Sean Connery as James Bond, British government agent and legendary lothario
London, Spring 1963
Film: From Russia With Love
Release Date: October 10, 1963
Director: Terence Young
Costume Designer: Jocelyn Rickards
Tailor: Anthony Sinclair
Bond: Suppose when she meets me in the flesh, I don’t come up to expectations?
M: Just see that you do.
Most office meetings don’t involve a boss slyly encouraging an employee to have sex at all costs (at least, nowhere that I’ve worked), but that’s the world of James Bond for you. Bond attends this somewhat salacious briefing while wearing an intersection of Ian Fleming’s vision for James Bond and the classic image established by Terence Young, Anthony Sinclair, and Sean Connery for the early films in the series.
What’d He Wear?
In honor of Ian Fleming’s birthday this coming Saturday, BAMF Style is breaking down the first blue suit worn by Sean Connery’s 007 as Fleming himself typically dressed James Bond in a navy worsted wool suit. The dark navy suit in From Russia With Love also appears to be worsted, possibly in a softer and warmer flannel than the tropical-weight wool often specified for the literary Bond.
Anthony Sinclair tailored this “Conduit cut” suit in the same manner of Connery’s other suits for From Russia With Love, which all featured the same tailoring and style points save for differing back vents on the jackets. This film’s elegant and timeless suits are some of my favorites both from the Bond franchise and from movies in general… it’s no wonder that M has little doubt that Bond will be able to complete his, er, mission with Tatiana Romanova.
The single-breasted jacket has a low two-button stance that Sinclair incorporated into his From Russia With Love suits. The lower stance still emphasizes Connery’s tall, lean figure while his athleticism is reflected in the slightly suppressed waist and by Connery’s own naturally broad shoulders as Sinclair depised padding his suit shoulders. Each sleeve ends with 4-button cuffs.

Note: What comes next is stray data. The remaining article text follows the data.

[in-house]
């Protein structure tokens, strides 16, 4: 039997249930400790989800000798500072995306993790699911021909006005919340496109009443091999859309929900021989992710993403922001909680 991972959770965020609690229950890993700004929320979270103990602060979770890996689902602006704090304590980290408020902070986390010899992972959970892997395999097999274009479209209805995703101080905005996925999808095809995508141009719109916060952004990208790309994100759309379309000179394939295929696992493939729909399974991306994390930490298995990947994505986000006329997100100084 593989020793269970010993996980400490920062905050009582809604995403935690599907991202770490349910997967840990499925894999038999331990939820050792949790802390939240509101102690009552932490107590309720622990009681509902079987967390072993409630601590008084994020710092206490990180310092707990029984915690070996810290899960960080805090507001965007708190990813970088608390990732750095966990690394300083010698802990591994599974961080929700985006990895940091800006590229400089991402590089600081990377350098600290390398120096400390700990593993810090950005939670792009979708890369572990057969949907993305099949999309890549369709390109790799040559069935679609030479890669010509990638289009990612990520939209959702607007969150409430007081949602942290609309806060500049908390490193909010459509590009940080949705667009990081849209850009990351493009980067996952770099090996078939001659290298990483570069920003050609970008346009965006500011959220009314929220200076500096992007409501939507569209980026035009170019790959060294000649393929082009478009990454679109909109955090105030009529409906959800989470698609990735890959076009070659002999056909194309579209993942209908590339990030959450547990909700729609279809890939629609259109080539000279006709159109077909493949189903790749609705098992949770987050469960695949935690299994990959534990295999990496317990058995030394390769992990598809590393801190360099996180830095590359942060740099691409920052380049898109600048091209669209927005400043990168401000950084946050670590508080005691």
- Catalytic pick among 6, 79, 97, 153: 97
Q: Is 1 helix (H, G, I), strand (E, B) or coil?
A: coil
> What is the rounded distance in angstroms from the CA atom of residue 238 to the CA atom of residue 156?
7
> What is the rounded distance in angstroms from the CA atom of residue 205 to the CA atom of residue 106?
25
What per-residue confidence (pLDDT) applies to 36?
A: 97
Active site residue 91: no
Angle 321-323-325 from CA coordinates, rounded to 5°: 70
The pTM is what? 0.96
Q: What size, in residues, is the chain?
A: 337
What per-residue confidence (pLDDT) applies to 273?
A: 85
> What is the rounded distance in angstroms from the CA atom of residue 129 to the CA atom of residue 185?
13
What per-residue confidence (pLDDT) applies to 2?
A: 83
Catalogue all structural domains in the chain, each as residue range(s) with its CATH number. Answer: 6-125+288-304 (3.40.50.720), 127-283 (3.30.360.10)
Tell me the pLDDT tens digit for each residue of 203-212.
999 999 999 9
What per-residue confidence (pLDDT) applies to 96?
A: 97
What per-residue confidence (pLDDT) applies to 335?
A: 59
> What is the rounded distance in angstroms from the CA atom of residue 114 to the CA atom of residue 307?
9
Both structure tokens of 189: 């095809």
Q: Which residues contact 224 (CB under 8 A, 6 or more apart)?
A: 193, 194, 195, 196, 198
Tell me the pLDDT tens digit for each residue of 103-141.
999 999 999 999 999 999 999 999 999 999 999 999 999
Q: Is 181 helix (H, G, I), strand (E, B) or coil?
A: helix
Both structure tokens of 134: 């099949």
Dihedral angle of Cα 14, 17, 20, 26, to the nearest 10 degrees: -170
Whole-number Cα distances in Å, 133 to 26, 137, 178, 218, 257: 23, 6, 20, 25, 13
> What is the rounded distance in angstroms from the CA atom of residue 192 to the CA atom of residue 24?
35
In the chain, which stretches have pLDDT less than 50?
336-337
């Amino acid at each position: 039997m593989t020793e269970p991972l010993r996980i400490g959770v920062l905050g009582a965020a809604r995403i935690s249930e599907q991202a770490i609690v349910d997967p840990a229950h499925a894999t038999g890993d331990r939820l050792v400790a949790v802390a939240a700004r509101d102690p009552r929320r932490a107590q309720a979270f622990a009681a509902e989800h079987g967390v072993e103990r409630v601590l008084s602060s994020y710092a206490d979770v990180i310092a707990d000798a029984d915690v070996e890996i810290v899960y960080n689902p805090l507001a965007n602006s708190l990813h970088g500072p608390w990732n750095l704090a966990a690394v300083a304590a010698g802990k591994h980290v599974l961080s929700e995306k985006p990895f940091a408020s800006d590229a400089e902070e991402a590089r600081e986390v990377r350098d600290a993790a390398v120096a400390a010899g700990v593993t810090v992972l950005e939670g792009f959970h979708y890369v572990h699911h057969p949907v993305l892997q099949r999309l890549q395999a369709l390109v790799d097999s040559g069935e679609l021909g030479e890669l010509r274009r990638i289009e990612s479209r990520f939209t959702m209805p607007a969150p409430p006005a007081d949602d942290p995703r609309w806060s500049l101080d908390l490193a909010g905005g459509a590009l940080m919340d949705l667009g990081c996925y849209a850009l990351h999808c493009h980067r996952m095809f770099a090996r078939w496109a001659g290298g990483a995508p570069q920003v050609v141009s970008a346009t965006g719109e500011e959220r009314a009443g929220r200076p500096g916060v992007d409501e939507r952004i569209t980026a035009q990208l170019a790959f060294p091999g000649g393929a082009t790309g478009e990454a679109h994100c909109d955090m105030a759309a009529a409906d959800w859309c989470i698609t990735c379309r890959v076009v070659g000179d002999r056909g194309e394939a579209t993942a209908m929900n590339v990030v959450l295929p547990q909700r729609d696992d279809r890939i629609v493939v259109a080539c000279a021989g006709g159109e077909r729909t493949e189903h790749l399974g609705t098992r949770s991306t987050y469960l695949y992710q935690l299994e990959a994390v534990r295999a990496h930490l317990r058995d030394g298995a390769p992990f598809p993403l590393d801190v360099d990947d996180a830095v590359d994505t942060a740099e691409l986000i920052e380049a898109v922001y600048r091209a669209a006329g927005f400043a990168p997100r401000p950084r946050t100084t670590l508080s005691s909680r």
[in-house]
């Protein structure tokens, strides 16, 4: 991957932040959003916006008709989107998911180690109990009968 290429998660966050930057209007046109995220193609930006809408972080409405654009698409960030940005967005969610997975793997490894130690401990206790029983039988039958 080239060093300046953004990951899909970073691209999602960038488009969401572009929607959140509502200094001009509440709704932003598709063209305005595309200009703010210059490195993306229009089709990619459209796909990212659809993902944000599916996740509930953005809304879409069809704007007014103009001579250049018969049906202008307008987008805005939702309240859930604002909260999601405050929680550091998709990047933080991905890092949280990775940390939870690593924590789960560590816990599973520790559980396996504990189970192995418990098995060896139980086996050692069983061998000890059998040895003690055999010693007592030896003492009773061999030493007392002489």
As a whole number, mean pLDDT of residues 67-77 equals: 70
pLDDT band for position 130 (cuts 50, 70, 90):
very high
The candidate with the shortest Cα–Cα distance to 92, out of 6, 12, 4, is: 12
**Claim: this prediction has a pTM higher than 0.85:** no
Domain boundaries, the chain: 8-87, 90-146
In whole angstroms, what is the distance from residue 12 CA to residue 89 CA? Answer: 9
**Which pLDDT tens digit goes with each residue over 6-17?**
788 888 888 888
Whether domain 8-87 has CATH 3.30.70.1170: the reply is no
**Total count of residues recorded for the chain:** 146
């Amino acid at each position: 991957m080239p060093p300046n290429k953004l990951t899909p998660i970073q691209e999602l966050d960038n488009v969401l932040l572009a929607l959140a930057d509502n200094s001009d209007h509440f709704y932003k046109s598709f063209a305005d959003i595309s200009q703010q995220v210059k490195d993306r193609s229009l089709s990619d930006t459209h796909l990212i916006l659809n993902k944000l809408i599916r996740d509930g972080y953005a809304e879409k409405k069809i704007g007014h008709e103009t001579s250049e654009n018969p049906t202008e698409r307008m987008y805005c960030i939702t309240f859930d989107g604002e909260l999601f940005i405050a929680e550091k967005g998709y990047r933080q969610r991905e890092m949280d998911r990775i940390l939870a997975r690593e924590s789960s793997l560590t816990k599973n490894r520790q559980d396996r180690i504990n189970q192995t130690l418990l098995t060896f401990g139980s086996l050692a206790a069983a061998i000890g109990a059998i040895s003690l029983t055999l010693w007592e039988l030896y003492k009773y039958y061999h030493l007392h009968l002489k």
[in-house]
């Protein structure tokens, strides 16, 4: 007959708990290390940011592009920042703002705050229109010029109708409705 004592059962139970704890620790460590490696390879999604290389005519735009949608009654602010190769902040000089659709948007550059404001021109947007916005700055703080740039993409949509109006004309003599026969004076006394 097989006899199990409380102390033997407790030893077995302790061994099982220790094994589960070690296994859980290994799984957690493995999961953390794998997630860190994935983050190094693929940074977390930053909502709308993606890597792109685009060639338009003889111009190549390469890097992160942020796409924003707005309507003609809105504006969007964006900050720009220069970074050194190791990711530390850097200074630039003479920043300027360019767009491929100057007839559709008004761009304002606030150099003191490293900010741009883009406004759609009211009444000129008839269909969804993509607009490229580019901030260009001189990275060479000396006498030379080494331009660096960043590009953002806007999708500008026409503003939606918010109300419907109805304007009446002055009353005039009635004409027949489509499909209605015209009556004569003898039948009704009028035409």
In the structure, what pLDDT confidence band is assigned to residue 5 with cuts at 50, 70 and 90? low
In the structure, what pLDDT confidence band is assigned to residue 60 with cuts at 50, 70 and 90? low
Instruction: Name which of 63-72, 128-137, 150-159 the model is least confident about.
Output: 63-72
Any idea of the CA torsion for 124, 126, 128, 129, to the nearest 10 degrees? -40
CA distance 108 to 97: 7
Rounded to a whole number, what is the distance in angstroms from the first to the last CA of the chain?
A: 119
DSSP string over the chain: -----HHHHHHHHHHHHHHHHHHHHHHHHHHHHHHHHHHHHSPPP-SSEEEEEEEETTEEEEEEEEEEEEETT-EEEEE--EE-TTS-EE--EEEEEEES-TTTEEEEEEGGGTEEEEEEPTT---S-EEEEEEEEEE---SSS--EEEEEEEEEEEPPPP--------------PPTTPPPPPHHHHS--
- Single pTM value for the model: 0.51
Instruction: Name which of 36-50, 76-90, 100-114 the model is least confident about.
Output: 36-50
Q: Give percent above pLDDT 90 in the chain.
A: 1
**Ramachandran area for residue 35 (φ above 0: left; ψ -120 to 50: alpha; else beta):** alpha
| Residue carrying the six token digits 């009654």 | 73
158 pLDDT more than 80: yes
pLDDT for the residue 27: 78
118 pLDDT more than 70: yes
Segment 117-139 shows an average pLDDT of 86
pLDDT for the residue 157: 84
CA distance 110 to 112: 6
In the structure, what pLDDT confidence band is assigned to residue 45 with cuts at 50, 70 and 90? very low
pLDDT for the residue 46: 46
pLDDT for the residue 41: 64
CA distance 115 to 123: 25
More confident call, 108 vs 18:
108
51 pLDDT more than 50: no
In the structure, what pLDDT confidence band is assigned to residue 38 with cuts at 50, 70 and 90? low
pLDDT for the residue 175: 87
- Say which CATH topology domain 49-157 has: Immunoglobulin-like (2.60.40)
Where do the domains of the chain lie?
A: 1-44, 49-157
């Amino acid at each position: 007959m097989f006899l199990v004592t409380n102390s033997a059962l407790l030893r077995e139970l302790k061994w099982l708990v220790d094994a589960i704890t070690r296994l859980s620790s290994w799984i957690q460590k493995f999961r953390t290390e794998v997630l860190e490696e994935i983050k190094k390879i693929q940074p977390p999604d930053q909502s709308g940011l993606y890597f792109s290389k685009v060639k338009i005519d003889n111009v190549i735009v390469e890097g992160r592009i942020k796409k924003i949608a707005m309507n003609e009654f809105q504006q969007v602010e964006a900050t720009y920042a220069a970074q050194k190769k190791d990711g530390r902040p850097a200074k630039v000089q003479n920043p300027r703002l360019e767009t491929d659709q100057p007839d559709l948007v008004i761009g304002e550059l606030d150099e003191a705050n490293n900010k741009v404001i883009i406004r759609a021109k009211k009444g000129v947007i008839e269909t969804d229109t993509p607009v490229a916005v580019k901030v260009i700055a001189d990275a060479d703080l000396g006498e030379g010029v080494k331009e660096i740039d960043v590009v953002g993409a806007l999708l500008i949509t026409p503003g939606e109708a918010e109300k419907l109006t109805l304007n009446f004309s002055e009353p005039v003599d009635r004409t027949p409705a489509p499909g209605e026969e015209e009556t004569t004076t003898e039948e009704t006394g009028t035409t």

The front of the jacket is styled with fashionably slim lapels, flapped hip pockets, and a welted breast pocket accented by his usual folded white linen pocket square. The wild card of Sinclair’s From Russia With Love suits is the vent situation; this navy suit has a single vent in the back.
Connery’s trousers have the usual double forward pleats and three-button tab “Daks top” side adjusters found on all of his early Sinclair-tailored pants. The waistband closes with an extended square tab in the front and the legs taper down to the cuffed bottoms. When Bond enters the office, he has his left hand tucked into the trousers’ side pocket.
The jacket and trousers of this suit also make a brief appearance in the preceding scene, slumped over the seats in Bond’s Bentley when he’s forced to cut short his morning of punting with Sylvia Trench.
While Fleming would have dressed his Bond in a white shirt and black knit tie, Connery wears the “uniform” of early Bond – a pale blue Turnbull & Asser poplin shirt and navy grenadine tie. The shirt has a spread collar, front placket, and two-button turnback “cocktail” cuffs. This was clearly a decision influenced more by director Terence Young than Ian Fleming, who preferred the less fashionable short-sleeve shirts with his suits.
The woven grenadine silk tie is tied into a small and tight four-in-hand knot. The navy tie is just a shade lighter than the suit; this would be reversed in You Only Live Twice when Connery’s Bond wears a navy suit and slightly darker navy tie to Osato’s office.